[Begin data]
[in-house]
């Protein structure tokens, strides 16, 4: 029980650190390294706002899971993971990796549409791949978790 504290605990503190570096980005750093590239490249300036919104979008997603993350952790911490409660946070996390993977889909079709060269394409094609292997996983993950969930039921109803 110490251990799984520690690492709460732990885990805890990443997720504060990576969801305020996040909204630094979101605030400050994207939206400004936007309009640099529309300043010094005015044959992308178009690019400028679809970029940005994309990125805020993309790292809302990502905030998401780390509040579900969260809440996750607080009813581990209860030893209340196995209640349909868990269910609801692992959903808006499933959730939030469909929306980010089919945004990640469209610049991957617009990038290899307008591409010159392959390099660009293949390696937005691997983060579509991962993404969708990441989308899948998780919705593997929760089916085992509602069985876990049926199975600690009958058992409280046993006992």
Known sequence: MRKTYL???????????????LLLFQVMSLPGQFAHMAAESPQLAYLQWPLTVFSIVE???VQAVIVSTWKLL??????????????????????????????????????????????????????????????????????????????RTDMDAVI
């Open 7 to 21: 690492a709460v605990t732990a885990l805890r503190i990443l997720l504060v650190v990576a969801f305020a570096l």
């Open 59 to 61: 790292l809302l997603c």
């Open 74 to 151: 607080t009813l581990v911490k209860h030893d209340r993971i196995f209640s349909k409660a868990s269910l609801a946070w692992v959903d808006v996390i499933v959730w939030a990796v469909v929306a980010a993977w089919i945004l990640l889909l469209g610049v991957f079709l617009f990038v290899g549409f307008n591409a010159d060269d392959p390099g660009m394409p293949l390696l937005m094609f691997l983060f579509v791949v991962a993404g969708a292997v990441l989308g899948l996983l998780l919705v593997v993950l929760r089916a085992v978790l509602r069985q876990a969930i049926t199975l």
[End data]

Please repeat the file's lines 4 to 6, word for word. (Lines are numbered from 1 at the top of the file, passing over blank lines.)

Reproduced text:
């Open 7 to 21: 690492a709460v605990t732990a885990l805890r503190i990443l997720l504060v650190v990576a969801f305020a570096l």
């Open 59 to 61: 790292l809302l997603c």
């Open 74 to 151: 607080t009813l581990v911490k209860h030893d209340r993971i196995f209640s349909k409660a868990s269910l609801a946070w692992v959903d808006v996390i499933v959730w939030a990796v469909v929306a980010a993977w089919i945004l990640l889909l469209g610049v991957f079709l617009f990038v290899g549409f307008n591409a010159d060269d392959p390099g660009m394409p293949l390696l937005m094609f691997l983060f579509v791949v991962a993404g969708a292997v990441l989308g899948l996983l998780l919705v593997v993950l929760r089916a085992v978790l509602r069985q876990a969930i049926t199975l």